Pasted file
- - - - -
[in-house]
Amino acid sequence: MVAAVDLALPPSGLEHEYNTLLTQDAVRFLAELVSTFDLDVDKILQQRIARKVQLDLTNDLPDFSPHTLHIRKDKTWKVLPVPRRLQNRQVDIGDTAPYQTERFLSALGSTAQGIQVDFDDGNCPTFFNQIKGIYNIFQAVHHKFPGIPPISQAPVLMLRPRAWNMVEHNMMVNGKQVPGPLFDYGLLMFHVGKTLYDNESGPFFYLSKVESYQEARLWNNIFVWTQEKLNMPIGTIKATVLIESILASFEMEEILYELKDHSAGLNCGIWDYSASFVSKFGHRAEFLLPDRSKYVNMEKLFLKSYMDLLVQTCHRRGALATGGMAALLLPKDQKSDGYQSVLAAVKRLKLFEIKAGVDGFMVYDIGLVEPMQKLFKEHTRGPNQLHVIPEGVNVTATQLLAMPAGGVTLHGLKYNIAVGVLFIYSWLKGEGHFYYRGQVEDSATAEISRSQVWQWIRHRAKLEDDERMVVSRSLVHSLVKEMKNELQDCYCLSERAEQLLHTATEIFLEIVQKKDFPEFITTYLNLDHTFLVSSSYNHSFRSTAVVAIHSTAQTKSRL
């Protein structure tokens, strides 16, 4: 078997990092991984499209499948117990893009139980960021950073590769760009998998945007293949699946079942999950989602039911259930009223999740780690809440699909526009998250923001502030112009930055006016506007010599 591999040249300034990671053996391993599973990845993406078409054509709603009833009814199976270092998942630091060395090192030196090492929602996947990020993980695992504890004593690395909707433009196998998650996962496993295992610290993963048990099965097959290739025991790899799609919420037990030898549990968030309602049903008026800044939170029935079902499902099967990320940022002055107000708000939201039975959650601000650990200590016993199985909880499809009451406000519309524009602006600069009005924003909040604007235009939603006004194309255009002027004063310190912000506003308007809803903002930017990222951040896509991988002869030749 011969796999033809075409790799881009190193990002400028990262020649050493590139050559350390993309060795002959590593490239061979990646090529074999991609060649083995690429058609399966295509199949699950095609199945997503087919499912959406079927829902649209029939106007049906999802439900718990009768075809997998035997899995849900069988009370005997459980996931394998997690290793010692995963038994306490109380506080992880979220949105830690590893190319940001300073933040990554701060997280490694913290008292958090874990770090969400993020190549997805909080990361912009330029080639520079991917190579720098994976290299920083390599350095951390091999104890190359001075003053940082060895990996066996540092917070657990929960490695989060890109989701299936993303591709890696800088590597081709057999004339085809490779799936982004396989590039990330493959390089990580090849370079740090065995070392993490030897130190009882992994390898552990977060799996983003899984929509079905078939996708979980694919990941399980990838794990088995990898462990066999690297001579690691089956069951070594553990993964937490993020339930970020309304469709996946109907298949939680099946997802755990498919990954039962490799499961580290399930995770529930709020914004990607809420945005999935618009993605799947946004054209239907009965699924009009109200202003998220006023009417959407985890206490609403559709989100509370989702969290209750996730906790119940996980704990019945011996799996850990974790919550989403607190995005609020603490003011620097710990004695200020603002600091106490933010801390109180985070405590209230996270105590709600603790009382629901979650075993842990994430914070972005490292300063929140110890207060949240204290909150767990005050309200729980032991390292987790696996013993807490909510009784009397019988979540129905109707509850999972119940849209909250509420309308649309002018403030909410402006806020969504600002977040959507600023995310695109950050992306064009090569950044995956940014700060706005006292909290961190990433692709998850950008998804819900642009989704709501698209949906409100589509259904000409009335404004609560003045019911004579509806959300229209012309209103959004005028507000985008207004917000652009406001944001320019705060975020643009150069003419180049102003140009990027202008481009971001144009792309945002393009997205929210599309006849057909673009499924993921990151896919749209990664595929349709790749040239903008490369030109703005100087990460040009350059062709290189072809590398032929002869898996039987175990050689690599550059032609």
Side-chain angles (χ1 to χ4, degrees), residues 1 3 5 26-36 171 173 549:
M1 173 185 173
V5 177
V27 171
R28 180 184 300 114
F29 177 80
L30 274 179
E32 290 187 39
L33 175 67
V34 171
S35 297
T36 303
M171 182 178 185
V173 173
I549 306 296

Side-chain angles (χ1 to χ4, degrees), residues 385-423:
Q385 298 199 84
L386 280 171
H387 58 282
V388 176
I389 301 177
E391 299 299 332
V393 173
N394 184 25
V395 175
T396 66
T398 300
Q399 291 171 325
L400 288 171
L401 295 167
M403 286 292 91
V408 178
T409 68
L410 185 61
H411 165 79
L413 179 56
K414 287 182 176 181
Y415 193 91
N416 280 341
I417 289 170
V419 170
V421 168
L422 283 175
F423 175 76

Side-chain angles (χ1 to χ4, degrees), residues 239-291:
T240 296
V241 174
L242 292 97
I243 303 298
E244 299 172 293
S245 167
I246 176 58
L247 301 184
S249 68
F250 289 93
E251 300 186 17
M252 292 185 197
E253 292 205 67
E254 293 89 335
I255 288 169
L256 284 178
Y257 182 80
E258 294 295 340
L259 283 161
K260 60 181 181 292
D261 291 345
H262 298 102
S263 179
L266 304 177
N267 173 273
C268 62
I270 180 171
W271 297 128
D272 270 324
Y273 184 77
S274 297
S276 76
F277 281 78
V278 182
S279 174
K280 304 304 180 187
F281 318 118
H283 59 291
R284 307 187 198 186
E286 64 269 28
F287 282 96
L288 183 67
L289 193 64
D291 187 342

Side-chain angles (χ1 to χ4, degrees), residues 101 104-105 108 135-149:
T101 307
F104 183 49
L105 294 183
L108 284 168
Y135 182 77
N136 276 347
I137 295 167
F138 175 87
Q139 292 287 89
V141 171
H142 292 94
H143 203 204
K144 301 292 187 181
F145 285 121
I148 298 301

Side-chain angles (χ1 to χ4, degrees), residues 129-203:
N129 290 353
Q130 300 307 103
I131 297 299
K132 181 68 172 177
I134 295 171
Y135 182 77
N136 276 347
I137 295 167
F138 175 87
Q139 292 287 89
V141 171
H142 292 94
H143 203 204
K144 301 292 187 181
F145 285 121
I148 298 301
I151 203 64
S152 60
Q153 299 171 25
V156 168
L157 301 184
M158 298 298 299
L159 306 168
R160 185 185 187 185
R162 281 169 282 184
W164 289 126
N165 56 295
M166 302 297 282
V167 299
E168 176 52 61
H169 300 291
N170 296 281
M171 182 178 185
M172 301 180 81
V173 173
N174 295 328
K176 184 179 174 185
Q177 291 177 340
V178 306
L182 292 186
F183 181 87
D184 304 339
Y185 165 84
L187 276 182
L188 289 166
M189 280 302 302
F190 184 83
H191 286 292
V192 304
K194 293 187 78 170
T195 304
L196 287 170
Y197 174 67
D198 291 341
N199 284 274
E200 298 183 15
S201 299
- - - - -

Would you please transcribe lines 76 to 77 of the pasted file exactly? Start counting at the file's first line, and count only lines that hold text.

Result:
W271 297 128
D272 270 324